Objective To study the survival and patient outcome in a population of UK patients supported by an implantable left ventricular assist device (LVAD) as a bridge to heart transplantation.
Methods Data on all adult patients (n=342) who received a HeartMate II or HVAD as a first long-term LVAD between January 2007 and 31 December 2013 were extracted from the UK Ventricular Assist Device (VAD) Database in November 2015. Outcomes analysed include survival on a LVAD, time to urgent listing, heart transplantation and complications including those needing a pump exchange.
Results 112 patients were supported with the Thoratec HeartMate II and 230 were supported with the HeartWare HVAD. Median duration of support was 534 days. During the study period, 81 patients required moving to the UK urgent waiting list for heart transplantation. Of the 342 patients, 85 (24.8%) received a heart transplant, this included 63 on the urgent list. Thirty-day survival was 88.9%, while overall patient survival at 3 years from LVAD implant was 49.6%. 156 patients (46%) died during LVAD support; the most common cause of death on a VAD was a cerebrovascular accident. There was no significant difference between the two devices used in any outcome.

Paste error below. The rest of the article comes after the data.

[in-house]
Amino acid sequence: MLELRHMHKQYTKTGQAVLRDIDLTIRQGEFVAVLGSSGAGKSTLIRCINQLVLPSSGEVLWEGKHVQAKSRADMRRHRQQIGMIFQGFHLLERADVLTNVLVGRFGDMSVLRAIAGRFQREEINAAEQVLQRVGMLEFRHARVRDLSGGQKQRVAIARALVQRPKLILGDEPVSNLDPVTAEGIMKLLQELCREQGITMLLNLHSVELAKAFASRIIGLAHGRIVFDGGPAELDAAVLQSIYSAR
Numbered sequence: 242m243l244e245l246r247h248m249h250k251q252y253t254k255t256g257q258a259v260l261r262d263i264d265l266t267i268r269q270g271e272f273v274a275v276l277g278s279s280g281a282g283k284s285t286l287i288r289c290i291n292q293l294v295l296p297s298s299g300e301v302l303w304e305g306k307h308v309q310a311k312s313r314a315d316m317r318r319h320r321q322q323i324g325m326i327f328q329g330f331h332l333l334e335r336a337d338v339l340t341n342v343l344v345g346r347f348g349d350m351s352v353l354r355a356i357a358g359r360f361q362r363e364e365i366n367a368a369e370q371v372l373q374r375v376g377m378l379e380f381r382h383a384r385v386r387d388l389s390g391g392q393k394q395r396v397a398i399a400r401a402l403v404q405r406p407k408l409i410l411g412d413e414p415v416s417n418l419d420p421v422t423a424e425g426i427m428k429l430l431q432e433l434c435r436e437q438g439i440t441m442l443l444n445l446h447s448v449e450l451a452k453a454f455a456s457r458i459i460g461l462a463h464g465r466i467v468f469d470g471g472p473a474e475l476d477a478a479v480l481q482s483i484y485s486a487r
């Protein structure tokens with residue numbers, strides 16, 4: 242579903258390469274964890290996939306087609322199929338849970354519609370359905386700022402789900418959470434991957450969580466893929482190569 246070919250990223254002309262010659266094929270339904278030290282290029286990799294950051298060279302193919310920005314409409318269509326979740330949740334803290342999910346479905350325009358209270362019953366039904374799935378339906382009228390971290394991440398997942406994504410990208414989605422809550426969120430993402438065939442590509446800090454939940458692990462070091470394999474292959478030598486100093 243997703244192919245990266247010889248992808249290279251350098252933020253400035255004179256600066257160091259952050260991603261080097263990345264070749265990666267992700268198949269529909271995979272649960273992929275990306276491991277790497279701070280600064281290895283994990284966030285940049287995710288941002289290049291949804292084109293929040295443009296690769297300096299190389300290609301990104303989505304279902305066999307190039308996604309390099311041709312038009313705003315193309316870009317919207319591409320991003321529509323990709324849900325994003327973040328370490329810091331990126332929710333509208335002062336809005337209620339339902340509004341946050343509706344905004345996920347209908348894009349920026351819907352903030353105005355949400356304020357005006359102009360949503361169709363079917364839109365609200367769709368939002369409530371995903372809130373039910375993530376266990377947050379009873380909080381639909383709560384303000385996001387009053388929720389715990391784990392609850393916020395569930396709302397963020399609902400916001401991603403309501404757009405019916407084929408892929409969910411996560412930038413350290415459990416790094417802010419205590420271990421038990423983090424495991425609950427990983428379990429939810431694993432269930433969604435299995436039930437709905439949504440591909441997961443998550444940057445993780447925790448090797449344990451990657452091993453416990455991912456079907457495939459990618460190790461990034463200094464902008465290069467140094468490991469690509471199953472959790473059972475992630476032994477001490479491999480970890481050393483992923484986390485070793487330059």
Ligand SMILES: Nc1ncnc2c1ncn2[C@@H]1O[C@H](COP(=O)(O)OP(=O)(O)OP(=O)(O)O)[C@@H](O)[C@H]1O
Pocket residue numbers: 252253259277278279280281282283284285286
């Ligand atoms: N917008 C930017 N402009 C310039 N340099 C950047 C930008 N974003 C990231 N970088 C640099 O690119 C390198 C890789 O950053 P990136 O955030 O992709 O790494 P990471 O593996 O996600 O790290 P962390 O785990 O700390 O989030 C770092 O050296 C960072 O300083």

Conclusions In a population of patients with advanced heart failure, who have a very poor prognosis, support with an implantable LVAD allowed a quarter to receive a heart transplant in a 3-year period. Overall survival of the cohort was about 50%. With improvement in technology and in post-LVAD management, it is likely that outcomes will improve further.
- advanced heart failure therapies (LV assist devices, total artificial heart)
- heart transplantation
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